This Threadripper 16-core / 32-thread processor-based laptop started as a quest for mobile compute power without paying too severe a premium for mobile hardware. I searched for an ITX Threadripper-compatible motherboard, but came up empty-handed, except for a few forum posts that said a small form factor Threadripper was a terrible idea. Immediately I knew I could be the one to make that mistake and set out to put an untamed 180 watt TDP processor in a laptop.

First, I had to establish the design elements were necessary to deem this a laptop. I figured it had to be a fully self-contained system, including the compute hardware, the familiar 'clamshell' interface of screen, keyboard, and trackpad, and sufficient onboard battery power to run for a reasonable length of time away from an outlet.

So it was clear from the outset that the challenges of delivering power and removing heat were going to require some relatively extreme solutions. Additionally, to keep costs low, most items would either be used or salvaged from e-waste.

The smallest Threadripper-compatible board I could locate was the Micro ATX Asrock X399M Taichi, which I picked up used. For the processor, the current price-to-performance trade-off favored the AMD Threadripper 1950X 16C/32T 180W TDP processor, again picked up used. For the critical cooling components, I looked to the server world, selecting a Dynatron A28 1U passive EPYC heatsink (also compatible with the mounting points of the sTR4 socket) and twin Delta BFB1012HH blower fans. Some additional heatpipes, fins, and small fans would provide additional cooling and air exchange.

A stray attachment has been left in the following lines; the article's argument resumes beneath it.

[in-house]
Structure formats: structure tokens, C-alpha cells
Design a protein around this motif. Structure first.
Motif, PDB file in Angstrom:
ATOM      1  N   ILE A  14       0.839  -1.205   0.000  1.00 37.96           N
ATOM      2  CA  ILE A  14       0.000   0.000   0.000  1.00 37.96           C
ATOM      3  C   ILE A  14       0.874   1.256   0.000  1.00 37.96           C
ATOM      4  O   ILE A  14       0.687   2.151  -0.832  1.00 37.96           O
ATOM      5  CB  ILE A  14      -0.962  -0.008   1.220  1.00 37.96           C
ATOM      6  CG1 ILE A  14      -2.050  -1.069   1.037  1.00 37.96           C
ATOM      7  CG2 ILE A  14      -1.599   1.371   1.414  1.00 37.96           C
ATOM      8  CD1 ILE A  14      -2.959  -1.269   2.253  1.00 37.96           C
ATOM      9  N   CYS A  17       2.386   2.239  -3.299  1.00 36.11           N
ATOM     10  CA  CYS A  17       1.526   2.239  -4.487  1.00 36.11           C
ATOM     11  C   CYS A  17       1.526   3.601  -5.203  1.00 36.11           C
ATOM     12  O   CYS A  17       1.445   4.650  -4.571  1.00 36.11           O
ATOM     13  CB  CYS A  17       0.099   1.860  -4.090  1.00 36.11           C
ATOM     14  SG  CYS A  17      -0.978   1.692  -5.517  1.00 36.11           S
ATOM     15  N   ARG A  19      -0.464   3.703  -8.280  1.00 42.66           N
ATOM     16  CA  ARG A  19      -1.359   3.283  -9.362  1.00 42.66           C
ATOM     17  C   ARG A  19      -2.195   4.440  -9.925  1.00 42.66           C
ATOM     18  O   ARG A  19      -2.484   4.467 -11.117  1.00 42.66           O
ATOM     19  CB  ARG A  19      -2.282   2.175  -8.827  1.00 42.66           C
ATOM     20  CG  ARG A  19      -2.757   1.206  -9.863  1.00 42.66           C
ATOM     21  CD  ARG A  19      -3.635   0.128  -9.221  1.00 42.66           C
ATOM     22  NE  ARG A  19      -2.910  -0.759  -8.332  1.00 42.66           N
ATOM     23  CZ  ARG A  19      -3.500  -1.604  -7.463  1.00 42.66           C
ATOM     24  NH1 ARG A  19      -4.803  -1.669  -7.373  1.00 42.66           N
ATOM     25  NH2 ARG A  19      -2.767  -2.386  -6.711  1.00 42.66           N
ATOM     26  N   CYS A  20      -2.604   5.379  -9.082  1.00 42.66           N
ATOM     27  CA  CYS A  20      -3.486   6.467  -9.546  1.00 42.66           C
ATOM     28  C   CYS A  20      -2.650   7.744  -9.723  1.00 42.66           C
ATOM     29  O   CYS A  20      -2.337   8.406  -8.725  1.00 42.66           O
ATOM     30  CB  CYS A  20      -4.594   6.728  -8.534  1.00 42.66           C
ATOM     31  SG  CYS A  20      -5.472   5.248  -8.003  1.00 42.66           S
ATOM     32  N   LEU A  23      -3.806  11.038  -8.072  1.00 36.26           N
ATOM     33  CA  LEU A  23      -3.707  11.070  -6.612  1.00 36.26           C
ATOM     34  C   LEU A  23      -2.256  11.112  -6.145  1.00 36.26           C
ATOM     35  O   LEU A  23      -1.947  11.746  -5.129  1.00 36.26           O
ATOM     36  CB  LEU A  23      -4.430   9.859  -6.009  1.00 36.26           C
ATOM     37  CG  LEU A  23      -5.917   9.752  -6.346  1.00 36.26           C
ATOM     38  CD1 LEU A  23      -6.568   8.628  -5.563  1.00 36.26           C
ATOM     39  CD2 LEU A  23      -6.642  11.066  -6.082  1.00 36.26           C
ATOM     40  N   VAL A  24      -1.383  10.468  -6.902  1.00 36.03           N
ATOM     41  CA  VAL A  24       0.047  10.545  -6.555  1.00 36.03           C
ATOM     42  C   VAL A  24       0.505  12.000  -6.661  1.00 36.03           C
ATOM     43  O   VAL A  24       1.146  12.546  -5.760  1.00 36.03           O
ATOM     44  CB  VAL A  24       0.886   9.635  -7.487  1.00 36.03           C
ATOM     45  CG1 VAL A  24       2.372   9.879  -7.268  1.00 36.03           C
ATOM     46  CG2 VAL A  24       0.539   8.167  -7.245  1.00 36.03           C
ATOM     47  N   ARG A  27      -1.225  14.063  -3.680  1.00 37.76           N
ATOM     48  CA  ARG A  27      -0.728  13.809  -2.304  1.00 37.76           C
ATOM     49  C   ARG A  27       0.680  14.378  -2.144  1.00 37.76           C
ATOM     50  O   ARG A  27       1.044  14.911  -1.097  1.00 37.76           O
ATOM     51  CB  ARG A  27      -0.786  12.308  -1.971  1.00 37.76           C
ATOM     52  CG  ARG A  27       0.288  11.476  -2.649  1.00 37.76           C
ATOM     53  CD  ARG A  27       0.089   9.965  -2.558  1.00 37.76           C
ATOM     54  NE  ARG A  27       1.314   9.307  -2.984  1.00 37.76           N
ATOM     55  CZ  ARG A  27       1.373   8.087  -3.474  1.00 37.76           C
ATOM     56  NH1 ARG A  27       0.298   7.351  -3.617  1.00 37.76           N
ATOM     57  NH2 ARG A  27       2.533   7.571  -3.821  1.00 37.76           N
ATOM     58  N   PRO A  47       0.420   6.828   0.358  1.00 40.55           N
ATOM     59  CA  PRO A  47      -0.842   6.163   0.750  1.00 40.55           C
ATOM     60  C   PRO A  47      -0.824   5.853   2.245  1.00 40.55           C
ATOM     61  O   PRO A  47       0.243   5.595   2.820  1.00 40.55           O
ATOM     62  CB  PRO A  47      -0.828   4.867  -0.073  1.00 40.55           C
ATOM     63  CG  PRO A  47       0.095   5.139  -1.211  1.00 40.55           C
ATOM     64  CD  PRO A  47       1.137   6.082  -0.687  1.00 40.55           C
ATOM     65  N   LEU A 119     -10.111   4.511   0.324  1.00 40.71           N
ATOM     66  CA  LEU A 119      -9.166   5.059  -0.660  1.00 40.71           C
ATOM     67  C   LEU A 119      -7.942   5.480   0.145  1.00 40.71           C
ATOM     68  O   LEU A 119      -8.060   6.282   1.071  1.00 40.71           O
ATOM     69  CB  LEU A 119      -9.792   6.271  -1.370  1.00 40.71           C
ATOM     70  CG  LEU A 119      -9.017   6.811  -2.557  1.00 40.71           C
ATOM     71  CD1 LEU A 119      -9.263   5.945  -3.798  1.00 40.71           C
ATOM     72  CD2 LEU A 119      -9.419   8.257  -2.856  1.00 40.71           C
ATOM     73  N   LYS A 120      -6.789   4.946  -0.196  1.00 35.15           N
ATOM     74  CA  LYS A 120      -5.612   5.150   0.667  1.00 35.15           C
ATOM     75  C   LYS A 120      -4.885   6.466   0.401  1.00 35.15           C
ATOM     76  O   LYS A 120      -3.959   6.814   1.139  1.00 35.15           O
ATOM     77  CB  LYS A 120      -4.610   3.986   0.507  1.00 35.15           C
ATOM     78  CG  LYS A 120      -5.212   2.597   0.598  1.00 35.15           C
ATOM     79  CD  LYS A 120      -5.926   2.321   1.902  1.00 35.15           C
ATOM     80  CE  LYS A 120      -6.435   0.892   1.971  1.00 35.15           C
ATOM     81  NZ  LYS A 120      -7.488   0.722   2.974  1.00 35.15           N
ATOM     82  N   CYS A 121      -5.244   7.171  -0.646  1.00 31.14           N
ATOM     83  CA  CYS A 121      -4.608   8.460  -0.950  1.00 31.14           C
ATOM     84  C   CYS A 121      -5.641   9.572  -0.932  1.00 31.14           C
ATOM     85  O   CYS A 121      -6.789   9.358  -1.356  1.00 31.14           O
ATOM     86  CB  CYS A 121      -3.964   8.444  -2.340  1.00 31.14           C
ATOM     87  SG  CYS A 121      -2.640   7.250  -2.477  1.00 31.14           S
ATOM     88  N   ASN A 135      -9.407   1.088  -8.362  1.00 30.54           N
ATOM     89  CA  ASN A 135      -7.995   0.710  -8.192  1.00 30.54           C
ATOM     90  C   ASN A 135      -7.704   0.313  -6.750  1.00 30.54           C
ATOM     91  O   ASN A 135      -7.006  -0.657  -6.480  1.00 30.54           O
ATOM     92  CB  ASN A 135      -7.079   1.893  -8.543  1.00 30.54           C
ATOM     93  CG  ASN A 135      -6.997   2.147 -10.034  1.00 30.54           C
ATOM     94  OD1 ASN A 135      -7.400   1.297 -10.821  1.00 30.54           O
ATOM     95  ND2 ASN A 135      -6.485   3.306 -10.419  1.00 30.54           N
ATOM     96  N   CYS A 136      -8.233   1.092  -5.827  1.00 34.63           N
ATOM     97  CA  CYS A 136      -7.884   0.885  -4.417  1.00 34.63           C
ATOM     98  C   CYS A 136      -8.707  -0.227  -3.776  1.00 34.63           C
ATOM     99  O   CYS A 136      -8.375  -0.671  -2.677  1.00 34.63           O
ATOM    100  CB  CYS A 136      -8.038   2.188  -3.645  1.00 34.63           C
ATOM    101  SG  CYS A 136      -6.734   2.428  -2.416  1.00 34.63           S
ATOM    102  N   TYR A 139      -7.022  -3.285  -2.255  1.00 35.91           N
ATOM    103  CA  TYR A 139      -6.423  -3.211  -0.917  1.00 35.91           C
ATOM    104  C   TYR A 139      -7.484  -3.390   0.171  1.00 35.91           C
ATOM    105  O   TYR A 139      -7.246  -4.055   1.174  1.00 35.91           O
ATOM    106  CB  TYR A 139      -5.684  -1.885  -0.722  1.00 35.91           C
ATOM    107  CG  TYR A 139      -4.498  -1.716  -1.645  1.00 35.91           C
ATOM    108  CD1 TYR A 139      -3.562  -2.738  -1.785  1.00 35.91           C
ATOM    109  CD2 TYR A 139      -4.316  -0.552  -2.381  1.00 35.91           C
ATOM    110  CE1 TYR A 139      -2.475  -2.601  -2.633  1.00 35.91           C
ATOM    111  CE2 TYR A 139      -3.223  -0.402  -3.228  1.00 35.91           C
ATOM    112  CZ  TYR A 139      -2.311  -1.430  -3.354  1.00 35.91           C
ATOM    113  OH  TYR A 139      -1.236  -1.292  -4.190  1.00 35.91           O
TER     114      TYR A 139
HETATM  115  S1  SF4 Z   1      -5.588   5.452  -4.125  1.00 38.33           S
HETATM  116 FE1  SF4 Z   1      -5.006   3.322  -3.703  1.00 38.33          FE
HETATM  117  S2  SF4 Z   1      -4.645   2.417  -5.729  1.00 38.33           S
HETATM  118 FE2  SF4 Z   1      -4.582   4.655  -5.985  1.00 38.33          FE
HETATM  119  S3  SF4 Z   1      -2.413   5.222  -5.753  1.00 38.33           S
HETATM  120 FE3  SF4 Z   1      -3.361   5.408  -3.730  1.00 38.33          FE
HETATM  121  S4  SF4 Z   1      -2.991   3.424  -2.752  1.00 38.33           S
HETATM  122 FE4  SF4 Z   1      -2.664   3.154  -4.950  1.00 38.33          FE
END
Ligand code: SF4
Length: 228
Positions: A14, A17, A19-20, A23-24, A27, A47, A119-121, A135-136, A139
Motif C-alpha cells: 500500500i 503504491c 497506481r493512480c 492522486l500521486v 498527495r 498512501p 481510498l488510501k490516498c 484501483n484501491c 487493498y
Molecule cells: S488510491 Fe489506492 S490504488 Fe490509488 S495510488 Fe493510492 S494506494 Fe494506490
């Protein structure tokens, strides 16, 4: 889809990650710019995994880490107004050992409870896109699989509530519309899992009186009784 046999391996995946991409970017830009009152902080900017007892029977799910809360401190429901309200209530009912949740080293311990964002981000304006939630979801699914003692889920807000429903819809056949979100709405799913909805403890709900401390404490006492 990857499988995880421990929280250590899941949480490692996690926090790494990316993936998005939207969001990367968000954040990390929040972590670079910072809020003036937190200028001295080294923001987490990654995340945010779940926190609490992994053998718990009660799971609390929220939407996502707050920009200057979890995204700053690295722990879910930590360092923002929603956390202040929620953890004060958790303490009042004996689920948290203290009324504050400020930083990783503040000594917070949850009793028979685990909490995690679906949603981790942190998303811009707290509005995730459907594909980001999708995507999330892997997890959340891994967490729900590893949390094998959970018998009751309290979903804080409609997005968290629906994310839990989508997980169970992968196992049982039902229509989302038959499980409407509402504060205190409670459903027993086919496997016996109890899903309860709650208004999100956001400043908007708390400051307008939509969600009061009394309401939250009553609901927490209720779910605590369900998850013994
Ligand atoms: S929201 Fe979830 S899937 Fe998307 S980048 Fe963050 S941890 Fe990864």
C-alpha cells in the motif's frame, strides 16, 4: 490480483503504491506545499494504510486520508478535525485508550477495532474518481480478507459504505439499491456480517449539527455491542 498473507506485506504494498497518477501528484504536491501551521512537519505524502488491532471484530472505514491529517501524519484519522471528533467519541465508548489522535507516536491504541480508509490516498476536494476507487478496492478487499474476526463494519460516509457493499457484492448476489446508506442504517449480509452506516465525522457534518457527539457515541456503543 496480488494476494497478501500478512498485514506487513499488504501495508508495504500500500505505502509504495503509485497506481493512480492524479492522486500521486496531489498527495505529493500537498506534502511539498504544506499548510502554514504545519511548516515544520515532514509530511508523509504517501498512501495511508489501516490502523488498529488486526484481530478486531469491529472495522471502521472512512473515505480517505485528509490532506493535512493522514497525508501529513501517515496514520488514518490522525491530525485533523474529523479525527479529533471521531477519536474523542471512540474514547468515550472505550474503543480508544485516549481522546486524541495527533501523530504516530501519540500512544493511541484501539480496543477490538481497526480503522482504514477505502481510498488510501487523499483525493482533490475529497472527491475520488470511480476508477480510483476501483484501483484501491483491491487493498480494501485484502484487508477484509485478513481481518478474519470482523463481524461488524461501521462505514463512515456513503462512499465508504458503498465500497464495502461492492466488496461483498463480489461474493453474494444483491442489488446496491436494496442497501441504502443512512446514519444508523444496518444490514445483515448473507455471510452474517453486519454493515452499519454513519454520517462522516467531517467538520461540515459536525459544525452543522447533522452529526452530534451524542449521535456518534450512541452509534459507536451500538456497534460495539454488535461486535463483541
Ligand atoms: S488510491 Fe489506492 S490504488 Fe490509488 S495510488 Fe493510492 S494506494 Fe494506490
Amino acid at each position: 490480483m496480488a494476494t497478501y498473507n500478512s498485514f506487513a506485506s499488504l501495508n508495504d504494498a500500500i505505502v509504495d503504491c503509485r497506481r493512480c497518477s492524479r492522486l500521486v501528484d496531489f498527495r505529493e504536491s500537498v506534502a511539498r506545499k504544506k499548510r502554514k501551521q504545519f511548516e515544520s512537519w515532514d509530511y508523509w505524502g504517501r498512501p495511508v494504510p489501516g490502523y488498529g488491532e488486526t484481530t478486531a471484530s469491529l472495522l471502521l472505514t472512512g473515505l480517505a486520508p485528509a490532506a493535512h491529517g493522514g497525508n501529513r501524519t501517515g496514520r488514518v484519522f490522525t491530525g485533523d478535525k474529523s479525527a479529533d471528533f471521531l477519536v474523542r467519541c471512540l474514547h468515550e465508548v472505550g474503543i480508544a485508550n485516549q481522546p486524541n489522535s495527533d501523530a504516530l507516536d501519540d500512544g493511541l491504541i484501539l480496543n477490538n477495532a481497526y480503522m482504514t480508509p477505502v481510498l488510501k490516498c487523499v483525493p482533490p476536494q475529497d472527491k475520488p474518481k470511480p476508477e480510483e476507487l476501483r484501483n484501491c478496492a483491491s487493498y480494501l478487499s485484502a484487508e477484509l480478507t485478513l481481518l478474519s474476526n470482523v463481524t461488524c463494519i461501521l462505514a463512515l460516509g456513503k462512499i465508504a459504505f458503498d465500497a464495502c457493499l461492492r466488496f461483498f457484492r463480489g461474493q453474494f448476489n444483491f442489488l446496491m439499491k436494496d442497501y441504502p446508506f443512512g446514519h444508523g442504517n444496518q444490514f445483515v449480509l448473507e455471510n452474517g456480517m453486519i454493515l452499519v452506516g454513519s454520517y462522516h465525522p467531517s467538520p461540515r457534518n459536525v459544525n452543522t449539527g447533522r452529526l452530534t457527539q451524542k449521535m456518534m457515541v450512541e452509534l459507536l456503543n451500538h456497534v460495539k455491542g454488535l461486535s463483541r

Power delivery was one of the trickiest parts of the build. I needed a lot of juice in as little space as possible. I looked at power stations -- the giant power bannks with AC outlets -- but between the size of the components, plus converting to AC only to convert back to DC with a (then-onboard) laptop power supply, this seemed too bulky and inefficient. I looked into custom battery packs, but few went to the amperage ranges I was looking for and then I'd need to work out a charging solution. I looked at USB-C Power Delivery (PD) power banks and spoofers that call for up to 20V. This could have worked and I almost went with 5 Zendure SuperTank power banks in parallell. These support simultaneous / pass-through charging with 100W in and 60W out. So, 5x60W = 300W out and with some overhead to charge the batteries up at the same time if they had been depleted before plugging in.

Ultimately I went with 6 Dell Power Companion 18,000mAh power banks. These are designed to go inbetween your Dell power brick and Dell laptop, topping up the Power Companion's battery when you're plugged in and keeping the laptop chugging along longer when you're unplugged. Importantly, these can deliver 90W while plugged in and 65W unplugged. 6x65W = 390W, which is near the max 400W of the HDPlex DC-ATX power supply. This is all fed by two Dell 330W laptop power supplies.

You might have noticed the RCA wires on the front. These are for spoofing the Power Companions that they are being charged by a Dell adapter or that the Power Companions are charging a Dell thing. Red-to-red connects one of the power brick's communication pins to all of the Power Companions, saying it's a Dell OEM charger. The Power Companions seem to pass through power but not charge themselves if this signal is not present. White-to-black connects the power brick outputs back to their inputs -- this is necessary for a battery-only startup for the Power Companions to stay active, otherwise they will shut down after several seconds; if started via AC power they seem to keep running indefinitely even without the looped-back signal).

Run time on battery is determined by power capacity divided by power usage. The 6 Power Companions are 18,000mAh, which works out to 66.6Whx6 = 399.6Wh, so that's our capacity (Watt-Hours is as it sounds: Around 400Wh together means these can pump out around 400 watts for...

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